1. narf77

    April 4, 2012 at 5:35 pm

    What about buying farmed fish? I know that most fish farms use wild fish pelletised to feed them but there are quite a few sustainable fish farms popping up that seem to be learning from the earlier model mistakes. I saw a River Cottage episode where a fish farm (trout) was downstream from a watercress farm and the fish only ate the insects that filtered through the watercress. A great win-win situation for both producers I would imagine and something that more primary producers might want to look at in the future (symbiotic production…). That curry looks delicious by the way. Keep up the amazing photos. If I look at your lovely meals I don’t get any calories (like broken timtams) 🙂

     
    • mizrhi

      April 4, 2012 at 5:58 pm

      Farmed fish is just as ecologically damaging. I am hoping to find time to write up a large post about fish and why eating it is not sustainable (in any fashion).
      You are right; farmed fish are fed wild fish as a staple diet. Fish farms are usually erected on cleared mangrove sites (ie: mangroves are cleared directly for the fish farms). The end result of this mangrove loss is a loss of suitable nursery grounds for wild stock, a lost of nutrient filtering services, a loss of weather buffering services and a loss of carbon cycling (amongst MANY other services). This is most noticeable in Asia, particularly Indonesia, Thailand, India and Malaysia. These countries are now subjected to mass flooding effects and depleted fish stocks as a direct consequence of fish farming. Have you noticed how most of the fish available to us in supermarkets that is farmed originates from Indonesia or Thailand?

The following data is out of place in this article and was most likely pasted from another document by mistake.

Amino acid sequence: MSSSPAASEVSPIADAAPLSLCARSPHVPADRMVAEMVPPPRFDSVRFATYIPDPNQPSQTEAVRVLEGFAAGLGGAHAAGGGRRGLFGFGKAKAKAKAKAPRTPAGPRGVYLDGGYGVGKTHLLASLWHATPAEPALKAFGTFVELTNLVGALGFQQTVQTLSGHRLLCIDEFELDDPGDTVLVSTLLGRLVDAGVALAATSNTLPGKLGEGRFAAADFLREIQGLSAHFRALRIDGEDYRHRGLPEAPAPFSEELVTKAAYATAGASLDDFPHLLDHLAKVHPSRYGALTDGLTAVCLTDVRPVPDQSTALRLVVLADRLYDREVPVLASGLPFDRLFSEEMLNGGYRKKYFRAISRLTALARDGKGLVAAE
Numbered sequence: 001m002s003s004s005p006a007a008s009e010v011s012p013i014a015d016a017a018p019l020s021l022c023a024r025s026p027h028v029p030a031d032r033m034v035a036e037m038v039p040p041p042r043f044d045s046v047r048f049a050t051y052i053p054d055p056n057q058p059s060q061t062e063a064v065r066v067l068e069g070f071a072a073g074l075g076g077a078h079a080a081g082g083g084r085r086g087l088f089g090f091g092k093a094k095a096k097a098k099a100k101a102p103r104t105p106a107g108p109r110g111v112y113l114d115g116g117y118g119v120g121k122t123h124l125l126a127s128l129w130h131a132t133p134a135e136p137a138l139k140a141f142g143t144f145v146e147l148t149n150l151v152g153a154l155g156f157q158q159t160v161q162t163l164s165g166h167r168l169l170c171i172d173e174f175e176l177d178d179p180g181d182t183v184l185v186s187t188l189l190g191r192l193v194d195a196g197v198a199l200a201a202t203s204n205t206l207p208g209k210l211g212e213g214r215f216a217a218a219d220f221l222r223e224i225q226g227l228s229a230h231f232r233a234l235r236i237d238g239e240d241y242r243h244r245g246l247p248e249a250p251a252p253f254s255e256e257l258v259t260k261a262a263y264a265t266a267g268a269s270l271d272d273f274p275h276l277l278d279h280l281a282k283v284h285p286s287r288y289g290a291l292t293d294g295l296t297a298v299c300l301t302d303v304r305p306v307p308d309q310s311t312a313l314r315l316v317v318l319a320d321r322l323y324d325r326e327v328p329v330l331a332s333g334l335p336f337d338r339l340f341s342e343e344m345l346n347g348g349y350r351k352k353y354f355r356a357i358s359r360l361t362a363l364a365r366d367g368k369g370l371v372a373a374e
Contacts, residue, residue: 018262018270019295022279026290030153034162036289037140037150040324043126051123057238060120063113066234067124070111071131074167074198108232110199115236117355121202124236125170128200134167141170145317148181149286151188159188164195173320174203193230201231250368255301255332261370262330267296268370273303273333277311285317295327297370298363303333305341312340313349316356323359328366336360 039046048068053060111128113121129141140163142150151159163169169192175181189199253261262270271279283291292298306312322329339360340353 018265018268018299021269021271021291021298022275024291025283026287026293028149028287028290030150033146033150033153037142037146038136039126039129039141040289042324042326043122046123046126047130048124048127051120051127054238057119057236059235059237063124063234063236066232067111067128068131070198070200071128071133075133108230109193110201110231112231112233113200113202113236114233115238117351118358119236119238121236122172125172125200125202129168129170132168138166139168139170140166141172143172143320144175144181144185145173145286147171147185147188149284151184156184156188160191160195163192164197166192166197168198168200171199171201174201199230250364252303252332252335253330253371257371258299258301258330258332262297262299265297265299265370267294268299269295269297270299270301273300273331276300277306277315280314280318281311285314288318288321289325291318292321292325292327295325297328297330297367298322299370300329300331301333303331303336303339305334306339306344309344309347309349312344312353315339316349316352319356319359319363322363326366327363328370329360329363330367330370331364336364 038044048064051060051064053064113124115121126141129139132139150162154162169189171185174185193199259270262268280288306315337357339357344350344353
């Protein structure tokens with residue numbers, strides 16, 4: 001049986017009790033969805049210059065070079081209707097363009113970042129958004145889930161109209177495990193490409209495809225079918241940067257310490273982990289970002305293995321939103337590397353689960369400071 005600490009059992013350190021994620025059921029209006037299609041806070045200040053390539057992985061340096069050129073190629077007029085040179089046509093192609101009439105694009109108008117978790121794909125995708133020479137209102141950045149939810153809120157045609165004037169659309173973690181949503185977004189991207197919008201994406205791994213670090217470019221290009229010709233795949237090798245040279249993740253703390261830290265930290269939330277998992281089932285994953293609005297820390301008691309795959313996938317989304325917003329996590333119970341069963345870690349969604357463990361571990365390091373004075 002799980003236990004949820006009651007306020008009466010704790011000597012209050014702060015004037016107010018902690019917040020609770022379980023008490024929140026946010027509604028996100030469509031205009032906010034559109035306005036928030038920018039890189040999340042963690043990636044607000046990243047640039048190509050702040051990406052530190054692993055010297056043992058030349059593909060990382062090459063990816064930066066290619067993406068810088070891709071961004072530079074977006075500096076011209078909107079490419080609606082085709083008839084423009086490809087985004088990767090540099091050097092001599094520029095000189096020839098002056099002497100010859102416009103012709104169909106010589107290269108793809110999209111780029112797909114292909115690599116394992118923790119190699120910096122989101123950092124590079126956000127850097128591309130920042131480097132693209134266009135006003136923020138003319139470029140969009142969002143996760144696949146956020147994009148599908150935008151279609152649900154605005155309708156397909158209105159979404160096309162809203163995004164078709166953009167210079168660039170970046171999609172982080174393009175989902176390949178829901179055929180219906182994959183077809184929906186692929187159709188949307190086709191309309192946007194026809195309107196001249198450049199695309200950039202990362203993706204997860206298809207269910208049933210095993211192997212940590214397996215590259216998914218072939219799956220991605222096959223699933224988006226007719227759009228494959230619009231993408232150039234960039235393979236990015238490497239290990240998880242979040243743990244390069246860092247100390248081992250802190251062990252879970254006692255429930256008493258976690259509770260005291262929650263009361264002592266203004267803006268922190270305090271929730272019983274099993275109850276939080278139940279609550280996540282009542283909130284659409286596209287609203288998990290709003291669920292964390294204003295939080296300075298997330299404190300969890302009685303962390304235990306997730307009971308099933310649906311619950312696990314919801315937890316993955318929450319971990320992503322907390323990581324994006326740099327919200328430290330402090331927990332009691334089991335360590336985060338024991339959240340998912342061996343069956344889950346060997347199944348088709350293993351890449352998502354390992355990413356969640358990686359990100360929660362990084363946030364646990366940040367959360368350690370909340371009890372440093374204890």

It is a massive socio-economic problem. Most of the clearing / farming is done without consent and is an illegal practice. Governments are powerless to police the issues and stop more unnecessary land clearing but do close down the farms when they find them. This is a drop in the ocean; a band aid cure.
      There are other huge problems associated with fishing. Most of the traditional fishing grounds for Europe are so depleted, that it can no longer support local demands. As a result, the European fishing fleet now travel to West Africa and fish (often illegally) in those waters, depleting their stocks. Just a few days ago, this awesome video came out that you might appreciate for this subject (http://www.guardian.co.uk/global-development/video/2012/apr/02/industrial-fishing-west-africa-video)
      I will get around to posting a comprehensive post about fish soon – maybe after this session in about 5 weeks.

       
      • narf77

        April 5, 2012 at 6:39 am

        What about aquaponics Rhianna? We are going to set up an aquaponics system here and see if we can’t do justice to the idea of growing fish, vegetables AND doing it sustainably using worms to feed the fish that have been growing in the media between the veggies? It’s a great idea and I agree with you about the farmed fish being unsustainable, but there are small fish farms being set up (especially in the U.K.) where the fish is being farmed completely naturally (off shore) using non sea based fish as food. Interesting concept and one that people are going to have to take to heart soon enough (and choose their ethical producer) if they want to continue eating fish

         
        • mizrhi

          April 5, 2012 at 6:51 am

          Technically, it should work and be a viable option for individuals. The problem is doing it on a large scale. Land use conflicts are going to become more of an issue in the not so distant future, so time will ultimately tell.

           
  2. videos de messi

    April 9, 2012 at 10:08 am

    Howdy! Would you mind if I share your blog with my zynga group? There’s a lot of people that I think would really enjoy your content. Please let me know. Many thanks

     
    • mizrhi

      April 9, 2012 at 4:11 pm

      Go for it. Glad you enjoyed it.